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Education, nursing, graduate, Education, nursing, graduate/organization and administration, Evaluation, Nursing informatics, Professional competence, Retrospective studies



  1. Kupferschmid, Barbara PhD, RN
  2. Creech, Constance EdD, RN, ANP-BC
  3. Lesley, Marsha PhD, MLIS, RN
  4. Schoville, Rhonda PhD, MSBA, RN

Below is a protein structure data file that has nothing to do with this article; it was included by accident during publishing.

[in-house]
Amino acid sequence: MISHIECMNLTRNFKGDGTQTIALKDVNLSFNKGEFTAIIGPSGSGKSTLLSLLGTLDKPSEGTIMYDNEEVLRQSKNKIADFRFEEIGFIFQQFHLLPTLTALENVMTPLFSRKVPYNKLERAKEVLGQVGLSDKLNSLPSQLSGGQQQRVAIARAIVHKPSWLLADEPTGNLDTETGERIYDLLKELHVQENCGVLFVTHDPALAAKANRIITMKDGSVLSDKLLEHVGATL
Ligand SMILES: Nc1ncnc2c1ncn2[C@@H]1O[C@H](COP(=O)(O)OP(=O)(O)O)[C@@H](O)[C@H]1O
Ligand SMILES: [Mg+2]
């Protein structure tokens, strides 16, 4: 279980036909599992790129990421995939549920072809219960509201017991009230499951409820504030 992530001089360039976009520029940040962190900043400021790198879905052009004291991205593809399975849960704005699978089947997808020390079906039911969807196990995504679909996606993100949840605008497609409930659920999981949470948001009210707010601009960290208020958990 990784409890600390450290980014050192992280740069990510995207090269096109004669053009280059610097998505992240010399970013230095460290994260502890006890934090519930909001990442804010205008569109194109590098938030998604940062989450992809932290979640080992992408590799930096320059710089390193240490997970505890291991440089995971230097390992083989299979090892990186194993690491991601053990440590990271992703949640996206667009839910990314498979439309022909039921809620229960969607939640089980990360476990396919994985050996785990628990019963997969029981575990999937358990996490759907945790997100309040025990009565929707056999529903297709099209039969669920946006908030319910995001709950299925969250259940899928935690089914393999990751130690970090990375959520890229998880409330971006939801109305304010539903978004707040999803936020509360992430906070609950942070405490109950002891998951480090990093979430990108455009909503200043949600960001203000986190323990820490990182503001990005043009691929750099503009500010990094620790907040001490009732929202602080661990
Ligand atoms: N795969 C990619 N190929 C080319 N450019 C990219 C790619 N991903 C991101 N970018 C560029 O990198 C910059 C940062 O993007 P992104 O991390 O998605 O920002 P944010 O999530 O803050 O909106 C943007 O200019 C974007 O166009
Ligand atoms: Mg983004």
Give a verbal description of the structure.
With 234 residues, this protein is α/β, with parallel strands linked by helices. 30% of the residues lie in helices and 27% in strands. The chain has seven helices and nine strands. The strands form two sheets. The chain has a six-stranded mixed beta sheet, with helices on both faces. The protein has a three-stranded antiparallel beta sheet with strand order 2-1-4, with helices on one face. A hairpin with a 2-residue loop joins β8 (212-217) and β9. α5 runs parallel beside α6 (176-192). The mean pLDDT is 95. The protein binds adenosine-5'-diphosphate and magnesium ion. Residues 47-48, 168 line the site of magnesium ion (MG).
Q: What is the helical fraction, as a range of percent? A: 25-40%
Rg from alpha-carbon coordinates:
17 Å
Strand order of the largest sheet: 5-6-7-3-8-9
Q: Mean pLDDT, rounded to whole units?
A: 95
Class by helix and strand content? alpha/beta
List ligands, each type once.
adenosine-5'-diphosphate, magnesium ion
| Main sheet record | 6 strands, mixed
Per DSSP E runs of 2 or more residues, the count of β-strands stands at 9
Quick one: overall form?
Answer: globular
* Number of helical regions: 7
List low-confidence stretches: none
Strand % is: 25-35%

With information technology increasingly guiding nursing practice, Doctor of Nursing Practice students must be prepared to use informatics to optimize patient outcomes despite their varied experience and education. Understanding how students' baseline experience affects their mastery of informatics competencies could help faculty design Doctor of Nursing Practice course content. Therefore, the aim of this retrospective descriptive study was to evaluate whether Doctor of Nursing Practice students' baseline informatics experience affected their mastery of four competencies: meaningful use, datasets, e-health, and clinical support systems. Participants were Doctor of Nursing Practice students (n = 55) enrolled in an online informatics course. Participant experience was compared to competency mastery using [chi]2 tests. Logistic regression was performed to assess the effect of experience and highest degree obtained on competency mastery. Analysis revealed that participants with meaningful use experience were significantly more likely to master the meaningful use competency than were those without it. Relevant experience did not predict mastery of dataset competencies. Participants with e-health experience were significantly more likely to master the e-health competency (applying e-health resources to vulnerable patients' learning needs). While not significant, a greater percentage of students with clinical support systems experience mastered the clinical support systems competency. Informatics courses might need to be designed to address students' needs based on their experience.